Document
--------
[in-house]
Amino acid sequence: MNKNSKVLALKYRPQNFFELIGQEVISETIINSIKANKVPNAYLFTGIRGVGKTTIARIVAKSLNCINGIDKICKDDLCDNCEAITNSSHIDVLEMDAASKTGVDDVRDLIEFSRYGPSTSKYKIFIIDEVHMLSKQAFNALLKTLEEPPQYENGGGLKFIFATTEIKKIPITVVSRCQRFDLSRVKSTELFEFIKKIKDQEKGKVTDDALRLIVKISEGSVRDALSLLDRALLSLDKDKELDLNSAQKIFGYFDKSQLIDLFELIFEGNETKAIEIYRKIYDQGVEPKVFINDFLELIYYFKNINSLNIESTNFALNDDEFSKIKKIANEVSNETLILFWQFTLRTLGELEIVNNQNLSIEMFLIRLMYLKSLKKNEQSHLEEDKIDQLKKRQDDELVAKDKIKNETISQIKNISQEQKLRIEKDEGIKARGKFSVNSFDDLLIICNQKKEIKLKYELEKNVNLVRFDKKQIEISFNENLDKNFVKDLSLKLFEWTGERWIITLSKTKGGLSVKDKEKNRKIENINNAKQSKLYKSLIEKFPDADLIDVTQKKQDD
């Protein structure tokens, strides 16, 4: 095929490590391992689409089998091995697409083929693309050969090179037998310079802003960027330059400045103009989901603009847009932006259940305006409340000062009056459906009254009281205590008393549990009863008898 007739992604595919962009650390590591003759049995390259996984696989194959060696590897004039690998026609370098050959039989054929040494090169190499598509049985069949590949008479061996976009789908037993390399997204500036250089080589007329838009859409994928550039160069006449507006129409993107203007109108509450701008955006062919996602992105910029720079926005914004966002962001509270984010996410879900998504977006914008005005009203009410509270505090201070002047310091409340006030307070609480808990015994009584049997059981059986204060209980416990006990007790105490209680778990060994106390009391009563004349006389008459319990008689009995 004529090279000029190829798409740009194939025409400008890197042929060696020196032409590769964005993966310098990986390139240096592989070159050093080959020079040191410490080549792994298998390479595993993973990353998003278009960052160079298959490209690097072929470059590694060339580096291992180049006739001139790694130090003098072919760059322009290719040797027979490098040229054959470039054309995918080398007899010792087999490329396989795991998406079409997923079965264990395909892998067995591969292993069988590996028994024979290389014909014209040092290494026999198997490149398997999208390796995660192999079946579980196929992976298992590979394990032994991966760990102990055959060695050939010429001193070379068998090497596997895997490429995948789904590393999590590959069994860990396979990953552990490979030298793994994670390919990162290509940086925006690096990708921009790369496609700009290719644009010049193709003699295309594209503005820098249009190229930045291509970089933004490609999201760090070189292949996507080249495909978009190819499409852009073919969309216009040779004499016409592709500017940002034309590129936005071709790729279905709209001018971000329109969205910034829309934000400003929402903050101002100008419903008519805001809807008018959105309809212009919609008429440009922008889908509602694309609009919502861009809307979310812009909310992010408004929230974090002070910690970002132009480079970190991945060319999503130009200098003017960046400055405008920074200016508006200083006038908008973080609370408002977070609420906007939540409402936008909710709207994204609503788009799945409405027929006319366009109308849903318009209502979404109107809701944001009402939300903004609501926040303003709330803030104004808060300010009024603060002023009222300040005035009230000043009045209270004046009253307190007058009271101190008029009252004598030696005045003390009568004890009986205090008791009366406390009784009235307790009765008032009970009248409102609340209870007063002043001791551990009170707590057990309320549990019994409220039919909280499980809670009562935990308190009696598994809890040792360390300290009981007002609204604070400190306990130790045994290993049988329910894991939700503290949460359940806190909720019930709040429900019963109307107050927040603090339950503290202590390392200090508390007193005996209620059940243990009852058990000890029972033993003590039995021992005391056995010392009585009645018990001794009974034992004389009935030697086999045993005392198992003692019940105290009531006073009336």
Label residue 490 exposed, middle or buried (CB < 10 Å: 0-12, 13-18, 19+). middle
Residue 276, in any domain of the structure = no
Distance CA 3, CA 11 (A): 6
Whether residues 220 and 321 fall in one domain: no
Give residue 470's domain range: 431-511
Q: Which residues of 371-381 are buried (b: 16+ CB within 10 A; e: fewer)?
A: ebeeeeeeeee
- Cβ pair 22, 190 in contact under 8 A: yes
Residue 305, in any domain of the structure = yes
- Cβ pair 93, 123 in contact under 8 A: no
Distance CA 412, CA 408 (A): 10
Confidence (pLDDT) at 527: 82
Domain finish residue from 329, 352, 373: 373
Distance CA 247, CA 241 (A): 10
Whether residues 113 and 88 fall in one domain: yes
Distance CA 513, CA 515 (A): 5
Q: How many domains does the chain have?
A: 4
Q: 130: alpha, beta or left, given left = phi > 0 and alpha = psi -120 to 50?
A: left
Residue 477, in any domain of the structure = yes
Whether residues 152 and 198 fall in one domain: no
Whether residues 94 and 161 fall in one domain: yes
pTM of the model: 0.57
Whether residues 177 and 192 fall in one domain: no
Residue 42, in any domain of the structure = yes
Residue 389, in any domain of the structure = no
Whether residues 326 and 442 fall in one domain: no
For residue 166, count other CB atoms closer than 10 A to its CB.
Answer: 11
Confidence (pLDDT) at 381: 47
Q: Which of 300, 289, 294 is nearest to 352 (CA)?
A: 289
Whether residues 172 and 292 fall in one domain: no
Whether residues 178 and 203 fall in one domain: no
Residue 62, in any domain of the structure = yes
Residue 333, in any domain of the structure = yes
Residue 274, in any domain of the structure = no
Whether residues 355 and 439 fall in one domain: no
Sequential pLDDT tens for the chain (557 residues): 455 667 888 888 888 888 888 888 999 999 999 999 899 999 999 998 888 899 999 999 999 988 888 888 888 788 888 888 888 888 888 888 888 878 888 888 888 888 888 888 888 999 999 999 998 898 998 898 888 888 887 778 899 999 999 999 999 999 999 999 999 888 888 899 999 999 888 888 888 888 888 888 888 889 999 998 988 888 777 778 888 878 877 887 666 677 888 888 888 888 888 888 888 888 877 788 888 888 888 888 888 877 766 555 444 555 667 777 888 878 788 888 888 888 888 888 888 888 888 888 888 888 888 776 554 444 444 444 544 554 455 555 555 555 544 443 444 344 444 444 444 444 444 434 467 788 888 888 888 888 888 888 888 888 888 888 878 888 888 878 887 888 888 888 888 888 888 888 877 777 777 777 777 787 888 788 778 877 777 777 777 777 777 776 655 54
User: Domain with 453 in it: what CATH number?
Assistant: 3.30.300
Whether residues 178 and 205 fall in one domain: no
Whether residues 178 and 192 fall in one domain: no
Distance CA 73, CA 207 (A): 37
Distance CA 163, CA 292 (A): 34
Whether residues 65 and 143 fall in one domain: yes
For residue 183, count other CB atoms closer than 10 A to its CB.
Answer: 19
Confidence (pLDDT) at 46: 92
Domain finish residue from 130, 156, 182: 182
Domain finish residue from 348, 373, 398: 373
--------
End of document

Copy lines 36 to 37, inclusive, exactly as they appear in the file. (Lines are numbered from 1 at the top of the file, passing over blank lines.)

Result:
A: 289
Whether residues 172 and 292 fall in one domain: no